"I am planting a slope in my yard with perennials. Already had lavender,threadleaf coreopsis, sedum and euonymus planted around groupings of rocks and small boulders. Went crazy at the garden center and have planted purple coneflower, black eyed susans, cranesbill, and petite bee balm. Have been keeping pinks with pinks and purples, and blues and yellows together. I'm planting in drifts of 3 a little closer together than I know I should. I need to hold in the soil and I'll gladly divide next year if necessary! Am I going to have a mess here or are 3 plants per type enough to flow as far as color goes??? Dare I put any more types of plants in here or should I just go to 5 of each type already planted??? Will try to post this little hillside on my RMS space tmr. Help, Help, Help! I'm getting worried about this investment. Nancy (aka:Ladyinthehills on RMS) "
I told Nancy that if this were my garden site...I would plant my bum off! I would add lots of perenials to the area ...they will help to anchor the soil so that the water will not wash away your soil and mulch.
I am a more is more gardener. That for me means that I plant everything very close together and lots of it. This means that there will be less weeds, and the ones that appear, will not be as visible. (I hate weeding...I like to put things in, but not pull out)
I have taken the liberty to add a list of additions to Nancy's garden that I think would work wonderfully in the scheme she is using.
Monks Hood (Aconitum)height: 24" to 6' spread 12-18" flower color: purle, blue or white. Blooms in late summer.
Artemisia ( silver mound)height: 6"- 2'. Spread: 12-36" flower color: althugh inconspicuous, they flower yellow. This is a foliage plant. The contrasting shades of silver and grey are the main feature.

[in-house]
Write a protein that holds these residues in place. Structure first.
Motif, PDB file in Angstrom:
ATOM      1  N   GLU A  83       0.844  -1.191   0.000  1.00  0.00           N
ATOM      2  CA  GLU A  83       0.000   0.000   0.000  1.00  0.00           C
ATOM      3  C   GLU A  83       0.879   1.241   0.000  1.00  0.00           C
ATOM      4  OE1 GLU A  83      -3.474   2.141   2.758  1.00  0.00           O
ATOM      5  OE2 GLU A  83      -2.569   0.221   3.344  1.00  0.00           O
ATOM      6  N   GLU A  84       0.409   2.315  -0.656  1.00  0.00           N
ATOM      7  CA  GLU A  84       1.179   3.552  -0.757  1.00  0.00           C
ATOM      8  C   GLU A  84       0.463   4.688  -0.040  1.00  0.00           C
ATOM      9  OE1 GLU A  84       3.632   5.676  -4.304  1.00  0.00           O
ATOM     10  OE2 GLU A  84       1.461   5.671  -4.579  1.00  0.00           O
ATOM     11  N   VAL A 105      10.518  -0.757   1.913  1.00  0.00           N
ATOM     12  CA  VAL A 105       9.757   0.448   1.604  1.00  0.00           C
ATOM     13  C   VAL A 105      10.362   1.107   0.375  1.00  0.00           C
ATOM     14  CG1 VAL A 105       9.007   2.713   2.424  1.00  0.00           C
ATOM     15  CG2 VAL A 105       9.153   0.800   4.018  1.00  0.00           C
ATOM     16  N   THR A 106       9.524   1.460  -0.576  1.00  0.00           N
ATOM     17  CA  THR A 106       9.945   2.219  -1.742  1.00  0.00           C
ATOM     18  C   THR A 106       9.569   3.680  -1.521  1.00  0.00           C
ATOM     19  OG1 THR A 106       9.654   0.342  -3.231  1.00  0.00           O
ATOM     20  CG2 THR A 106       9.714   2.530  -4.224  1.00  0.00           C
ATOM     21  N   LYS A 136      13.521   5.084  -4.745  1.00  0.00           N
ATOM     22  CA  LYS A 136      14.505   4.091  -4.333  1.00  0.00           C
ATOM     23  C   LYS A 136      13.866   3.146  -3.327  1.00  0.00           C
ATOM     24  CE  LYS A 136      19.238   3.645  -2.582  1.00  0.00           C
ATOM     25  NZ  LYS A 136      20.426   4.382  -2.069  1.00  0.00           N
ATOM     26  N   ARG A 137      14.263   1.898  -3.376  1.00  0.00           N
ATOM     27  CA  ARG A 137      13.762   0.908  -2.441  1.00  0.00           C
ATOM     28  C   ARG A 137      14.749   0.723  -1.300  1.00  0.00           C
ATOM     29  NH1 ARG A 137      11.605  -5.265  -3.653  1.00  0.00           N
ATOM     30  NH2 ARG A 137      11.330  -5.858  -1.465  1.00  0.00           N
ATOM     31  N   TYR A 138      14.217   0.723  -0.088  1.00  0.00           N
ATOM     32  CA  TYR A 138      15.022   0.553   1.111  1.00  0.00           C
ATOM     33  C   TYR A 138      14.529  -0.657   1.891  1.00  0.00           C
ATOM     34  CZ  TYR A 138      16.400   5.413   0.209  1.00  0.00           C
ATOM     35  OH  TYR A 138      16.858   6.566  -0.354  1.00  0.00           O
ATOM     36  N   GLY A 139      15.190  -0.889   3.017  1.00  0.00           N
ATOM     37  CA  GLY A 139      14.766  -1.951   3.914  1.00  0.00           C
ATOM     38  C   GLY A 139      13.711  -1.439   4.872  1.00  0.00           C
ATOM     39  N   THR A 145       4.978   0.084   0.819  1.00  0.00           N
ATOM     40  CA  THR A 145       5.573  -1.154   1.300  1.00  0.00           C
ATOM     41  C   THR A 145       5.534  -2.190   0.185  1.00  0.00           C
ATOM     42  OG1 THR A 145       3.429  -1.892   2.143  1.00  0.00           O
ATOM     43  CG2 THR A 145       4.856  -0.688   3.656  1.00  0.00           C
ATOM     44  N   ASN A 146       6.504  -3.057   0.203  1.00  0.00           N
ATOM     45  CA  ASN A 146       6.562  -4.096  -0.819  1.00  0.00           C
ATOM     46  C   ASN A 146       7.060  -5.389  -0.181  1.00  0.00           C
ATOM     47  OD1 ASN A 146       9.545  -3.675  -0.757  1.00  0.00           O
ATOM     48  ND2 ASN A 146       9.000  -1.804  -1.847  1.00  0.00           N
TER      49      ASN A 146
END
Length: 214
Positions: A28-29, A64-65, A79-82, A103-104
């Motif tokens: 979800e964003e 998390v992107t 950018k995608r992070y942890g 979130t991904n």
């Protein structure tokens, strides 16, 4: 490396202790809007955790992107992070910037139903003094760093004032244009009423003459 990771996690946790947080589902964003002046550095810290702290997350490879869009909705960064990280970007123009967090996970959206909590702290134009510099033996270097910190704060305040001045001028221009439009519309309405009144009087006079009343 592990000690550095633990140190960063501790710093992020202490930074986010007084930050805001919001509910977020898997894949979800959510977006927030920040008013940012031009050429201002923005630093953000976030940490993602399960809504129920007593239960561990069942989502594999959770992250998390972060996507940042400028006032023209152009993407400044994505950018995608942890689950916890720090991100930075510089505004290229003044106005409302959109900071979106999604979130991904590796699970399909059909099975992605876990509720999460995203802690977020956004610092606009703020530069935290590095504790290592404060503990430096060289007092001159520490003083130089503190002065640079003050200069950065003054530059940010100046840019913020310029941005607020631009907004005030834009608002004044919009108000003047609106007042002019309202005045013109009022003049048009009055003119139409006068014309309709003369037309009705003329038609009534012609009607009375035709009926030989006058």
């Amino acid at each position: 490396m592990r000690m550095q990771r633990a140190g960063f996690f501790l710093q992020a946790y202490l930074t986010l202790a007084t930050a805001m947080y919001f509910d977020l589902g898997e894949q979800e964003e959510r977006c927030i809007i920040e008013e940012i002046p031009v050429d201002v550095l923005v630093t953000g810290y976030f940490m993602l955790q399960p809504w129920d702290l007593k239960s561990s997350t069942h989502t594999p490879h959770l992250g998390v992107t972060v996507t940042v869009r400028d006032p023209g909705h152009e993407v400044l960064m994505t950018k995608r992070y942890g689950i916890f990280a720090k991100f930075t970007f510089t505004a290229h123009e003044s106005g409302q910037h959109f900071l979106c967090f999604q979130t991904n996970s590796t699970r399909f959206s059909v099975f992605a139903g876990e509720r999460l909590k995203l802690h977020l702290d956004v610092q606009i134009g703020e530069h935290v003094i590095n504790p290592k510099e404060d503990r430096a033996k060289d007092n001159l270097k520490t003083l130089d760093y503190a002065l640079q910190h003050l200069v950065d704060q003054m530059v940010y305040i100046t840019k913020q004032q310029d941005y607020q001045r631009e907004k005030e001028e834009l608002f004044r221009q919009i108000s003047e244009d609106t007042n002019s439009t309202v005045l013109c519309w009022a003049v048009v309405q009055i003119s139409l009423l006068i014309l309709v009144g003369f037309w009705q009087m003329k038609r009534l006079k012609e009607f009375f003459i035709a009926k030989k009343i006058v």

In the fall you can cut this off and use it for an out door wreath. It looks wonderful and will have a slightly minty scent.
Lupineheight: 18-36" Spread: 12-18" flower color: white, cream, yellow, pink, orange, purple, blue. some will be bicolored. Blooms: early to mid summer.
Thyme (wooly)This is a photo of wooly thyme. I love the way it spreads out and holds the soil in place. It also smells wonderful when touched or walked on.
Be sure to check with your local garden center for hardiness and placing. I have used all of these in full sun and partial shade in the past with great success. These are all dividable after a couple of years, so you will always have some to share or increase the plantings with!
I do hope I have helped you some Nancy. Remember, I am not an expert gardener...just a girl with a shovel and a passion for plants. Not all of my advice may work in your zone, but I am happy to make suggestions and help in any way. Please be sure to post a picture of your space when the summer has had it's chance to work it's magic on the area!